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    TOF
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    Time in barrel is longer for heavy slow when compared to light fast bullets. Recoil begins as soon as the bullet begins to move. More time in barrel equals more lift of the muzzle before the bullet exits, therefore higher POI. Lack of follow through allows significant lift to occur therefore 10 inch differential. The lighter the gun the more significant the difference.
    "Those who hammer their guns into plows will plow for those who do not." - Thomas Jefferson

  10. #10
    Member Array opie's Avatar
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    even at 7 yards pretty high (7 inches maybe 10)

  11. #11
    Ex Member Array hamlet's Avatar
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    You could also get someone else to shoot it. -someone used to snubs (and that particular load even better) - Good way to tell if it's you or the gun/ammo.

  12. #12
    Senior Member Array DIABLO9489's Avatar
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    Aim lower Sorry someone had to say it
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    Senior Member Array AZ Hawk's Avatar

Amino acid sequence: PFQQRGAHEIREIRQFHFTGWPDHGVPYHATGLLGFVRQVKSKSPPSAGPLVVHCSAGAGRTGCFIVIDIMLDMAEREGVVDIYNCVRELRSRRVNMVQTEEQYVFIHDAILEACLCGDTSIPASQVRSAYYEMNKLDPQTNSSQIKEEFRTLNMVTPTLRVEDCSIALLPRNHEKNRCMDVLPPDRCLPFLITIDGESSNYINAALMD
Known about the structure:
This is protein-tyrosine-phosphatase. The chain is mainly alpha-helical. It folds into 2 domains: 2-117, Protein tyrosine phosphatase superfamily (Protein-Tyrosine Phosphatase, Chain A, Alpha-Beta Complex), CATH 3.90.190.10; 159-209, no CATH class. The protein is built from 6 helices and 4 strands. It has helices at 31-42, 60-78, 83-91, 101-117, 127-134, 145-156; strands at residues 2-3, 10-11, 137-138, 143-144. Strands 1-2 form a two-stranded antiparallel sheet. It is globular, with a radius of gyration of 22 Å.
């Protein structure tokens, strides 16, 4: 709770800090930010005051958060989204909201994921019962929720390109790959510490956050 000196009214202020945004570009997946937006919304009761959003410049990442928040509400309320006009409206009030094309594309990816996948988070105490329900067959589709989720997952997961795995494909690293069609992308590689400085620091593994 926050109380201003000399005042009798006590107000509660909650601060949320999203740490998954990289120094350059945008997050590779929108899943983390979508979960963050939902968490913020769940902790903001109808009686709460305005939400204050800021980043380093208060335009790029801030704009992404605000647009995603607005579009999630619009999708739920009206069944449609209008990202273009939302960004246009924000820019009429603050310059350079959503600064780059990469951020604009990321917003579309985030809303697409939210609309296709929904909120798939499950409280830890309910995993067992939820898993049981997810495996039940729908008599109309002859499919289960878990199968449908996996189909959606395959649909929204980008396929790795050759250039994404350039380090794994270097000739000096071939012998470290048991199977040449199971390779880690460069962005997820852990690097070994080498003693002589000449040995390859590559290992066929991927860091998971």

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    10 inches at 7 yards would be WAY off at 20 yards. Triple the distance, triple the movement, so you are looking at approximately 28-30 inches off at 20 yards?

    Now I'm confused.
    Move. Shoot. Survive. ― The "Unofficial" Suarez International Doctrine

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    Member Array Campeck1911's Avatar
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    Is this because the more massive bullet takes longer to accelerate out of the barrel, allowing the barrel to recoil slightly higher and sending the bullet out the barrel at a higher point of aim?

  15. #15
    Member Array Fred's Avatar
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    I shoot 158 gr. for practice and 135 gr +P for carry. About the same POI.
    For the stength of the pack is the wolf, and the strength of the wolf is the pack. - R. Kipling

    Romans 1:22 Claiming to be wise, they became fools [professing to be smart, they made simpletons of themselves].